Arctic Nations Sign Agreement on Scientific Cooperation in Region
The eight Arctic countries have signed a binding agreement on strengthening scientific cooperation in the region at the tenth biennial Arctic Council ministerial meeting in Fairbanks, Alaska on Thursday.
The agreement was negotiated under the auspices of the Arctic Council, and aims to allow scientists and their data "to flow more freely across international boundaries within the Arctic," according to US Deputy Assistant Secretary at the Bureau of Oceans, Environment and Science David Balton.
However, the agreement does not oblige the nations that are party to it to conduct specific scientific research projects, Balton added.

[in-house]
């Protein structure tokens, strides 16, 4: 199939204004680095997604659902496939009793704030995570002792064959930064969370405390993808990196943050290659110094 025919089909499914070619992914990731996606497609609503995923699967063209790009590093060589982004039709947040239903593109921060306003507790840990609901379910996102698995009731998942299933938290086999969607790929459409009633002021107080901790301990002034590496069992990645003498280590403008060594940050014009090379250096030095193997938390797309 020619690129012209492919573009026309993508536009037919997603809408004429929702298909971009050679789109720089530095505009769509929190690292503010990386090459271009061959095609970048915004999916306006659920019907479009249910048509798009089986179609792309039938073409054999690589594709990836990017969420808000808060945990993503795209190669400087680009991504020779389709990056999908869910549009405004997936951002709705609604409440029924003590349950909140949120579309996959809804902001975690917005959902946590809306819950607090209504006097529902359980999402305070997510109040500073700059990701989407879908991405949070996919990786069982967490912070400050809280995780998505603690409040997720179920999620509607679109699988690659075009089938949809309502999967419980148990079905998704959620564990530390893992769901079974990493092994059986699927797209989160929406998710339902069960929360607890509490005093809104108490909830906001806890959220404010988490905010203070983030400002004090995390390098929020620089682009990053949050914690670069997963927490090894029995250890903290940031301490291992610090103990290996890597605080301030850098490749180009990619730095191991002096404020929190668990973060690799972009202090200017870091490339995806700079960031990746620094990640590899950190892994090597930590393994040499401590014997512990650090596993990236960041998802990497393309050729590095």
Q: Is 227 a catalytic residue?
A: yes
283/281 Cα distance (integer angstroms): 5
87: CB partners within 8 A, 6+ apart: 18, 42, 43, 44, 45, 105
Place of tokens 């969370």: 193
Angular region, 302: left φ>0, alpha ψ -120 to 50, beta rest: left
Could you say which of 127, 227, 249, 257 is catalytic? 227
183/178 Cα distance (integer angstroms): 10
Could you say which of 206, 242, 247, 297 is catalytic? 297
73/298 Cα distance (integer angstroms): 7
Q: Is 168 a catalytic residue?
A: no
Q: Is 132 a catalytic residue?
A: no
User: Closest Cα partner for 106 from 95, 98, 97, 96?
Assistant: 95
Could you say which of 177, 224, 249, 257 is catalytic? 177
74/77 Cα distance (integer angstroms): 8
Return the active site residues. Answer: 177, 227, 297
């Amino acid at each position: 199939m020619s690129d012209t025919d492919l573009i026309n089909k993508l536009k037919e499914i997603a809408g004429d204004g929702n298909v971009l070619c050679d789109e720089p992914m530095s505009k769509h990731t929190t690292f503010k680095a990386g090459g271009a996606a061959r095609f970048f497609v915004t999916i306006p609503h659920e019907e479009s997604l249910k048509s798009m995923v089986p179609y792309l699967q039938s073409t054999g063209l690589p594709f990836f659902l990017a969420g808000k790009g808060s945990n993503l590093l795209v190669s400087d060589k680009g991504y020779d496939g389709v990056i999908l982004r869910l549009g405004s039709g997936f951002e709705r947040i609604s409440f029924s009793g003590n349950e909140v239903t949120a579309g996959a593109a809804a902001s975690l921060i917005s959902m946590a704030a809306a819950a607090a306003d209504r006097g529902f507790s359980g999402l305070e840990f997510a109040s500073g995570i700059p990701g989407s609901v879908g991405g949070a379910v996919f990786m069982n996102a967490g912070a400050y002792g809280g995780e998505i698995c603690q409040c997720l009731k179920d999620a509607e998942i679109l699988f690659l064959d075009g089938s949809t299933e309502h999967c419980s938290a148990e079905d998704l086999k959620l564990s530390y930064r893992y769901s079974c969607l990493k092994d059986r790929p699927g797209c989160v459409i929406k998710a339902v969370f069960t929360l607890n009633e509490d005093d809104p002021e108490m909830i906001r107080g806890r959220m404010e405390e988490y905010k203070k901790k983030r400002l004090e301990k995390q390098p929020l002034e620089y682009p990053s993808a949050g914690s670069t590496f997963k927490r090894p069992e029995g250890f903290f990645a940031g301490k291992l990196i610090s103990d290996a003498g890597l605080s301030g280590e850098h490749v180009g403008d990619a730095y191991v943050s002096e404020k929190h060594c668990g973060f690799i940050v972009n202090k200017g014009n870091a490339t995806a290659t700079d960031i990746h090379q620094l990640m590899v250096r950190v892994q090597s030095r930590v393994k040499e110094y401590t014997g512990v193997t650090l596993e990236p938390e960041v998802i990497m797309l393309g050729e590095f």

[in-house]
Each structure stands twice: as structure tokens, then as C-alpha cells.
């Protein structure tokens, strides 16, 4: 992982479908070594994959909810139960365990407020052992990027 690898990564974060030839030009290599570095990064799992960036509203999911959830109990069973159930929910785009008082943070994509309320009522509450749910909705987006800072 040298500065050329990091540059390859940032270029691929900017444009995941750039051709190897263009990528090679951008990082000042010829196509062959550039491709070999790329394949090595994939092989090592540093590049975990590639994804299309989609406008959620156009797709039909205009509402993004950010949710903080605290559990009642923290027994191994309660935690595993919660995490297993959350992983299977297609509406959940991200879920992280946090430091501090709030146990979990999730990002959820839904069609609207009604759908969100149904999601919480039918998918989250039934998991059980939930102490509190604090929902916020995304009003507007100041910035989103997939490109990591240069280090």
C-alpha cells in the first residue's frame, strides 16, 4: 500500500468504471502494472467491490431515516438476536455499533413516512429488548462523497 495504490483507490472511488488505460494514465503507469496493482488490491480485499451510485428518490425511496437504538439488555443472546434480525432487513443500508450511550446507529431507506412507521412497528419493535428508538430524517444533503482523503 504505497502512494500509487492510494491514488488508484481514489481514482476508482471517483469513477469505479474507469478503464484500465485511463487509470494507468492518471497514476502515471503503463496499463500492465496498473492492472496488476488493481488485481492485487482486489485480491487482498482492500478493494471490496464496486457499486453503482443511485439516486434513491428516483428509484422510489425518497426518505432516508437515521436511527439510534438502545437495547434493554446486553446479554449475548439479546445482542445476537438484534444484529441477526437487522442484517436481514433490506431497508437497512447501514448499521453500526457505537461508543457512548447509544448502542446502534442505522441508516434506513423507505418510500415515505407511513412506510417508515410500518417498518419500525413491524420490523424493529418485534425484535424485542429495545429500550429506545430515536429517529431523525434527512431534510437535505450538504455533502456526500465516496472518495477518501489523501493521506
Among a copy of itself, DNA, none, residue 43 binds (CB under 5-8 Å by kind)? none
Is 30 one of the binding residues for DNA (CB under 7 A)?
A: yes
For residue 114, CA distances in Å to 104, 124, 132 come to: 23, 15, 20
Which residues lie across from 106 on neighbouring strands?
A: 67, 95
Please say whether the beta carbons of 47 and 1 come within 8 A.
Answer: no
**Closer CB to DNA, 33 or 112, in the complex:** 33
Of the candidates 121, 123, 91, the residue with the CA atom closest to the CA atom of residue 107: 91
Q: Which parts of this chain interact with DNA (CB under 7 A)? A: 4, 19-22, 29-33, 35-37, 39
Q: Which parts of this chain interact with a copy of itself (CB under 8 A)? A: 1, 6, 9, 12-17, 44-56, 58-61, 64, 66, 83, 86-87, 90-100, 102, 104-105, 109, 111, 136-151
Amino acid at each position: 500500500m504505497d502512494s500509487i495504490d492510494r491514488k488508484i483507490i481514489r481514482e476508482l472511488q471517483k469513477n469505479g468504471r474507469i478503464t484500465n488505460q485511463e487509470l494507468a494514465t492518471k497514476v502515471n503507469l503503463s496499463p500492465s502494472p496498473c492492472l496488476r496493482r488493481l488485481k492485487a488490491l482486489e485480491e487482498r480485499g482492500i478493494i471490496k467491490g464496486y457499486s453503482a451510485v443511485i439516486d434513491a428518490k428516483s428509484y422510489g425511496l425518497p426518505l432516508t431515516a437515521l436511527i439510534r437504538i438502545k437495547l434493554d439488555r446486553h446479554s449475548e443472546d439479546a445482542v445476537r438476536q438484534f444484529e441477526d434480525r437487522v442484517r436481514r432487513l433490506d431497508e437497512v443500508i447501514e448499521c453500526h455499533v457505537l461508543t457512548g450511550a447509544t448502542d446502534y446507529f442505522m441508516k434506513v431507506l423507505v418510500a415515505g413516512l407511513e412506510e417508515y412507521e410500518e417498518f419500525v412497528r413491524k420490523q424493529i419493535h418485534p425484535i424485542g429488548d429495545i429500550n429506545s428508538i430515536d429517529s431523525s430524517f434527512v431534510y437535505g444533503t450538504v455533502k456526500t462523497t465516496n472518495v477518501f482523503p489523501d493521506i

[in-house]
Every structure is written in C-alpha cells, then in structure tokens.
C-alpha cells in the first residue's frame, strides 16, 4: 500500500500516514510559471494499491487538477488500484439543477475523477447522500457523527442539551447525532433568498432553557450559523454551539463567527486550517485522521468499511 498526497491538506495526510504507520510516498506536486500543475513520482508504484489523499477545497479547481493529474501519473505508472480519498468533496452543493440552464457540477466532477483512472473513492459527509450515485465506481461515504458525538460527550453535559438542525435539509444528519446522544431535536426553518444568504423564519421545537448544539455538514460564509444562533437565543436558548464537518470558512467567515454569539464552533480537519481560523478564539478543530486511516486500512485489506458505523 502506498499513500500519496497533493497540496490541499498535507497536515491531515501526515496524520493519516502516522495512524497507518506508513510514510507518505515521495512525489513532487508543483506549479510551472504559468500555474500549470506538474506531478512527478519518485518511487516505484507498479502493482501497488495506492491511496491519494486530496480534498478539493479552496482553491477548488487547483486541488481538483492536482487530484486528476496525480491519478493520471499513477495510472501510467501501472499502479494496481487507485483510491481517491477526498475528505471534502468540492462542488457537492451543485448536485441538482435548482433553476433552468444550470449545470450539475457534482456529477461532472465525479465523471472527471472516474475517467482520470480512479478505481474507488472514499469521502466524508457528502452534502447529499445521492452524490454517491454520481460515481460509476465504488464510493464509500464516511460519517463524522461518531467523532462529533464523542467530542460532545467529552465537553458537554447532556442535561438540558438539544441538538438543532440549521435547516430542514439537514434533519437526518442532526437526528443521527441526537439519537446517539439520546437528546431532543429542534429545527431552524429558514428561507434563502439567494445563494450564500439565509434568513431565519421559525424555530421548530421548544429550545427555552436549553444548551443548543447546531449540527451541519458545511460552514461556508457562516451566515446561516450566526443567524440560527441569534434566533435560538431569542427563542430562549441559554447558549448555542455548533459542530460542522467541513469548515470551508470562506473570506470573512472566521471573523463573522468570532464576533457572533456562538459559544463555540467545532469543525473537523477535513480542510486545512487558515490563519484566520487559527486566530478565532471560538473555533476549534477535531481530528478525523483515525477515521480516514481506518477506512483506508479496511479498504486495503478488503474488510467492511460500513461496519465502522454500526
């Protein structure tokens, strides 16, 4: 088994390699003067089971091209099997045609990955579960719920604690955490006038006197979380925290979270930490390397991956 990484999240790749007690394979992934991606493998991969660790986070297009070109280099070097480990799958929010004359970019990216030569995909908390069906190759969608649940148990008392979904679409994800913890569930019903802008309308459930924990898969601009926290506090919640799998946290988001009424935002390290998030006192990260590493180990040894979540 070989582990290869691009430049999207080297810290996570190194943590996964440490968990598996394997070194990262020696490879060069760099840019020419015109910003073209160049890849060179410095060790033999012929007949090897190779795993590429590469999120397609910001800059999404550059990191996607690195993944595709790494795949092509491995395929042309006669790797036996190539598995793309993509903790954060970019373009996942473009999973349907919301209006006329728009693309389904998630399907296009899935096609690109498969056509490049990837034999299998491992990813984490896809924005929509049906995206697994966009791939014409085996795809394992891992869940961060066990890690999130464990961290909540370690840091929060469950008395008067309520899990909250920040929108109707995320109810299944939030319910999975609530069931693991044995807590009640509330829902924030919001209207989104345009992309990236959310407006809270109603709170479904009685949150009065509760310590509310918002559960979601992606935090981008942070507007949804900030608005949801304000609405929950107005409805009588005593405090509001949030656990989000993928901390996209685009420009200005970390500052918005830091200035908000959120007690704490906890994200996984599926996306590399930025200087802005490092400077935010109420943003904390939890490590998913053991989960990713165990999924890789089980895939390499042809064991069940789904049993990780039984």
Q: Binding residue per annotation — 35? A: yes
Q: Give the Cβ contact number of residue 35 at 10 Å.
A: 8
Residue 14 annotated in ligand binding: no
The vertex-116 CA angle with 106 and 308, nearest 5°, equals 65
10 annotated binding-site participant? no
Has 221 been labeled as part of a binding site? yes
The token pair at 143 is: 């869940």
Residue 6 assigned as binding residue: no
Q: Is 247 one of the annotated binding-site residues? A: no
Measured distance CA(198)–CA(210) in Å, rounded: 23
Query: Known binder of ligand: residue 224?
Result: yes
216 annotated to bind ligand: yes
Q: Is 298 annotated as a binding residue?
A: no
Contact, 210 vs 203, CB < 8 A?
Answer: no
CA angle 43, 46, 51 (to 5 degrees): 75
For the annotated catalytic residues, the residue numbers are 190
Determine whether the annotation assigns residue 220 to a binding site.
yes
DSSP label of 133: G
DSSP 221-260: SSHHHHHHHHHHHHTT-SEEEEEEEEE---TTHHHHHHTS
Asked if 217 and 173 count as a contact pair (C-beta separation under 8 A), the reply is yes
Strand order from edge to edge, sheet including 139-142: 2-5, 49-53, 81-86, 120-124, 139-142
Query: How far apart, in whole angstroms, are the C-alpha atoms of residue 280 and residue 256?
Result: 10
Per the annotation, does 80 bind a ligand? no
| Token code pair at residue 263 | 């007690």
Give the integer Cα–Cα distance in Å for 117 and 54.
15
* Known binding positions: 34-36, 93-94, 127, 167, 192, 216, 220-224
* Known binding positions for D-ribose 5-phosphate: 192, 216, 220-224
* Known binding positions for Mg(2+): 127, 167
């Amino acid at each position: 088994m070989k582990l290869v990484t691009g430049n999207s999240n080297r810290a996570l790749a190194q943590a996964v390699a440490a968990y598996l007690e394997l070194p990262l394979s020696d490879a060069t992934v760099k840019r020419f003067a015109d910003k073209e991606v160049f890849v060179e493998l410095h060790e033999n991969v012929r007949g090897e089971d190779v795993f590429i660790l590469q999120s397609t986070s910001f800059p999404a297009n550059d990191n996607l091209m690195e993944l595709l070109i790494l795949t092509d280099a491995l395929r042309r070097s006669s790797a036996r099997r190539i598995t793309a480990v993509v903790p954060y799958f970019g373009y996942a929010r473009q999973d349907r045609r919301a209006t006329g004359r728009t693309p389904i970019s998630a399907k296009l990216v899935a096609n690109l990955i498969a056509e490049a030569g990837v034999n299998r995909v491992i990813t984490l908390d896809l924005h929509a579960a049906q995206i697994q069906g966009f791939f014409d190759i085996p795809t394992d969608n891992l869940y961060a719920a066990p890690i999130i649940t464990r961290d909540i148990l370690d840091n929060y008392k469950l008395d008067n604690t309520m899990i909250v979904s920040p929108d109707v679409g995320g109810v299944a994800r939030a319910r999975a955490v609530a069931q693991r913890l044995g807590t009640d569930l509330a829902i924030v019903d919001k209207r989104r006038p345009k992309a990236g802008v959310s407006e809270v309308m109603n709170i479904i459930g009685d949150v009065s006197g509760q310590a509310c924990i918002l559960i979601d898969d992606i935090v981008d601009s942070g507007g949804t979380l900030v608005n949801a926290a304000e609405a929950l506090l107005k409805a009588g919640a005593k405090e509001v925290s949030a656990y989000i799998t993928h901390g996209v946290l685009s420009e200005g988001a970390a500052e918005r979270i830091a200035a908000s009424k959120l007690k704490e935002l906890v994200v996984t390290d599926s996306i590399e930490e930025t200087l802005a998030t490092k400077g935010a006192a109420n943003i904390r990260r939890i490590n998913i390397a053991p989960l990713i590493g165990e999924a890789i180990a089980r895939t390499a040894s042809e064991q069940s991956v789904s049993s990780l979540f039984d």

The Arctic Council is an intergovernmental forum comprised of the eight Arctic nations — the United States, Canada, Russia, Sweden, Norway, Iceland, Finland, and Denmark. Six international organizations representing Arctic Indigenous Peoples have permanent participant status.
There are currently twelve non-Arctic observer nations.
The intergovernmental group has stated it aims to facilitate cooperation among the eight states and Arctic indigenous communities and focuses on sustainable development and environmental protection of the region.